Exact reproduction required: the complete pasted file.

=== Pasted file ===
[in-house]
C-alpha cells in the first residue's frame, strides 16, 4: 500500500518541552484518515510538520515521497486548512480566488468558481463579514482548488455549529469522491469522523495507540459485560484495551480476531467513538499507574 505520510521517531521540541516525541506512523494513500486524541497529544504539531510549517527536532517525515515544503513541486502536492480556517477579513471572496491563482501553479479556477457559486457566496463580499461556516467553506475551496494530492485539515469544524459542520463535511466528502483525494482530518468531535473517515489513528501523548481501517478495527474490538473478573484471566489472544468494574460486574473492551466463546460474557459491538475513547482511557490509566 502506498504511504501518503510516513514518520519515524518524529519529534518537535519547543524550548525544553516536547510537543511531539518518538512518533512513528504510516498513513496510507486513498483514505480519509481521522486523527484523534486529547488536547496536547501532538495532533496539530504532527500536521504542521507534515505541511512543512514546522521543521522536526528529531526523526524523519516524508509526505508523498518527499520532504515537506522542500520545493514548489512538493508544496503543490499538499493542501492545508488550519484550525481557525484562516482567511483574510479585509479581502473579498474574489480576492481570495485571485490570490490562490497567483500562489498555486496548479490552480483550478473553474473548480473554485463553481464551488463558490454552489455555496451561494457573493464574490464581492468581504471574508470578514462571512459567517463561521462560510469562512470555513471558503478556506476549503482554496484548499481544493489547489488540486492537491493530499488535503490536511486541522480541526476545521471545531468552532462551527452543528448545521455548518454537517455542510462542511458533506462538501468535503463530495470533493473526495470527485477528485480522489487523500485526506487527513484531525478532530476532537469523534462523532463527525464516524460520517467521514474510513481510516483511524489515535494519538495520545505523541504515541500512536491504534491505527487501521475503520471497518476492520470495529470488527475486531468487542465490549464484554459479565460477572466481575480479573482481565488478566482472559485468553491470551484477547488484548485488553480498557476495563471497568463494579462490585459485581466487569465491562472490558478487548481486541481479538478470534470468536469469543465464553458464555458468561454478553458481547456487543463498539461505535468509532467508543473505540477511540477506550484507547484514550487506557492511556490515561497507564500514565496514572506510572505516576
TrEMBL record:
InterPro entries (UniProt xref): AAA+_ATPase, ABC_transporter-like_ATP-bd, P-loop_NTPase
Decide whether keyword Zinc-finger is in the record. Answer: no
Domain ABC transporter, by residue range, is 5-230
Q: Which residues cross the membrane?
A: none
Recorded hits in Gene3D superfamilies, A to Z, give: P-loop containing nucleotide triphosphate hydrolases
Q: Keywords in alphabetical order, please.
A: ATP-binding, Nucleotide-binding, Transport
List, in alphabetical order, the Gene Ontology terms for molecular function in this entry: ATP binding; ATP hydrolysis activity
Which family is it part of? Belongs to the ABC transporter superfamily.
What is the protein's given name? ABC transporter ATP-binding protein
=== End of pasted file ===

[in-house]
C-alpha cells in the first residue's frame, strides 16, 4: 500500500518541552484518515510538520515521497486548512480566488468558481463579514482548488455549529469522491469522523495507540459485560484495551480476531467513538499507574 505520510521517531521540541516525541506512523494513500486524541497529544504539531510549517527536532517525515515544503513541486502536492480556517477579513471572496491563482501553479479556477457559486457566496463580499461556516467553506475551496494530492485539515469544524459542520463535511466528502483525494482530518468531535473517515489513528501523548481501517478495527474490538473478573484471566489472544468494574460486574473492551466463546460474557459491538475513547482511557490509566 502506498504511504501518503510516513514518520519515524518524529519529534518537535519547543524550548525544553516536547510537543511531539518518538512518533512513528504510516498513513496510507486513498483514505480519509481521522486523527484523534486529547488536547496536547501532538495532533496539530504532527500536521504542521507534515505541511512543512514546522521543521522536526528529531526523526524523519516524508509526505508523498518527499520532504515537506522542500520545493514548489512538493508544496503543490499538499493542501492545508488550519484550525481557525484562516482567511483574510479585509479581502473579498474574489480576492481570495485571485490570490490562490497567483500562489498555486496548479490552480483550478473553474473548480473554485463553481464551488463558490454552489455555496451561494457573493464574490464581492468581504471574508470578514462571512459567517463561521462560510469562512470555513471558503478556506476549503482554496484548499481544493489547489488540486492537491493530499488535503490536511486541522480541526476545521471545531468552532462551527452543528448545521455548518454537517455542510462542511458533506462538501468535503463530495470533493473526495470527485477528485480522489487523500485526506487527513484531525478532530476532537469523534462523532463527525464516524460520517467521514474510513481510516483511524489515535494519538495520545505523541504515541500512536491504534491505527487501521475503520471497518476492520470495529470488527475486531468487542465490549464484554459479565460477572466481575480479573482481565488478566482472559485468553491470551484477547488484548485488553480498557476495563471497568463494579462490585459485581466487569465491562472490558478487548481486541481479538478470534470468536469469543465464553458464555458468561454478553458481547456487543463498539461505535468509532467508543473505540477511540477506550484507547484514550487506557492511556490515561497507564500514565496514572506510572505516576
TrEMBL record:
InterPro entries (UniProt xref): AAA+_ATPase, ABC_transporter-like_ATP-bd, P-loop_NTPase
Decide whether keyword Zinc-finger is in the record. Answer: no
Domain ABC transporter, by residue range, is 5-230
Q: Which residues cross the membrane?
A: none
Recorded hits in Gene3D superfamilies, A to Z, give: P-loop containing nucleotide triphosphate hydrolases
Q: Keywords in alphabetical order, please.
A: ATP-binding, Nucleotide-binding, Transport
List, in alphabetical order, the Gene Ontology terms for molecular function in this entry: ATP binding; ATP hydrolysis activity
Which family is it part of? Belongs to the ABC transporter superfamily.
What is the protein's given name? ABC transporter ATP-binding protein